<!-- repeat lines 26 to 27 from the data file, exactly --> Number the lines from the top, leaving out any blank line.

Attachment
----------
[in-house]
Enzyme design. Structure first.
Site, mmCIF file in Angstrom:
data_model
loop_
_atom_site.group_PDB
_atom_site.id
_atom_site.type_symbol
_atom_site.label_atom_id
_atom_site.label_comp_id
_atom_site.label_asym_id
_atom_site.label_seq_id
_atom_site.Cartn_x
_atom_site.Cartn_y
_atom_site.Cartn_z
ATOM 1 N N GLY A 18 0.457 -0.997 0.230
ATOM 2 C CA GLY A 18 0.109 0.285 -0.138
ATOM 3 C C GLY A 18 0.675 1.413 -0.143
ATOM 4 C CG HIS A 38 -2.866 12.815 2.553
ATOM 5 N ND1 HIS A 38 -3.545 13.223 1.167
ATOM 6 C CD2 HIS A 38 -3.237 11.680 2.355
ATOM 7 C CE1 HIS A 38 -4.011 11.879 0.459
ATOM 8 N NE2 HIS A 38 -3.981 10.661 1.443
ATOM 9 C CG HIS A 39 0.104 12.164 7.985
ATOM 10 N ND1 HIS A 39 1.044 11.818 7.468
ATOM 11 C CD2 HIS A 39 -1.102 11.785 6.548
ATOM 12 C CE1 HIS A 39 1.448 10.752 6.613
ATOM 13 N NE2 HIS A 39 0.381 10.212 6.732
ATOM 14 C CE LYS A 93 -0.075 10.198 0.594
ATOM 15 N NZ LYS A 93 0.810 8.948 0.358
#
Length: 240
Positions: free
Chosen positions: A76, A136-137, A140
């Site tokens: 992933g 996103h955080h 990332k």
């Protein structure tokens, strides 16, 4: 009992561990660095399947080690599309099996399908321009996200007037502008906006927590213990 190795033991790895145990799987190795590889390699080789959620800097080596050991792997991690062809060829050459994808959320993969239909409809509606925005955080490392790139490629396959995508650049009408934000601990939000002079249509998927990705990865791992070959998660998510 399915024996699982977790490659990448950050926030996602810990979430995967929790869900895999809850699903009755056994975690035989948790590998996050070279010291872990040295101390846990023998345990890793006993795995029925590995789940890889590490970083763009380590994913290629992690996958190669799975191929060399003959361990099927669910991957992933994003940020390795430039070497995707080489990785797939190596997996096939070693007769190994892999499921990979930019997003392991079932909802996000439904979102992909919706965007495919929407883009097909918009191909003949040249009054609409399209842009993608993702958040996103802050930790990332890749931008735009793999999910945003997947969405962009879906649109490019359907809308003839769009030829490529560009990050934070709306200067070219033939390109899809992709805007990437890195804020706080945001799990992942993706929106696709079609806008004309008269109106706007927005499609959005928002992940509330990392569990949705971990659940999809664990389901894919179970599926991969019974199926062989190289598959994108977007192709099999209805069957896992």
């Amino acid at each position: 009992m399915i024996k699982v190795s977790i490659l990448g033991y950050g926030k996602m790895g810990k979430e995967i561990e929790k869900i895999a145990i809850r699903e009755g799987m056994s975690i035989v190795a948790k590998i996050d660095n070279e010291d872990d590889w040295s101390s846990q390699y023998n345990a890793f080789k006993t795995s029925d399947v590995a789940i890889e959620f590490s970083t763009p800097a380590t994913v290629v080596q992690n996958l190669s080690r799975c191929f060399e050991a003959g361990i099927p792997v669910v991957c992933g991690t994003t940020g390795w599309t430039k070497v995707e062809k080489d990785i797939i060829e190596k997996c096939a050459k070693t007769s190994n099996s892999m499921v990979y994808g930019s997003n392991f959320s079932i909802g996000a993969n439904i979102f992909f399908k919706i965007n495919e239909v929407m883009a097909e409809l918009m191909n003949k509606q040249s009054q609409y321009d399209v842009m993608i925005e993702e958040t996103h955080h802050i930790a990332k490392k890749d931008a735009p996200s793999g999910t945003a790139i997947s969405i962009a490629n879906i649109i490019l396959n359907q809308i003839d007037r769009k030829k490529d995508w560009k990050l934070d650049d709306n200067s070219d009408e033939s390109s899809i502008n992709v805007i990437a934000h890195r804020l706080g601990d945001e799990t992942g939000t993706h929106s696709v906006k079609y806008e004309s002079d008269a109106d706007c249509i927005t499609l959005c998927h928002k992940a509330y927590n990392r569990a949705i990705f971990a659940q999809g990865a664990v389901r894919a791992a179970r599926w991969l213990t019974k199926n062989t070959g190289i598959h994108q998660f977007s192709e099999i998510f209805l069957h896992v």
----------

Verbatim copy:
ATOM 11 C CD2 HIS A 39 -1.102 11.785 6.548
ATOM 12 C CE1 HIS A 39 1.448 10.752 6.613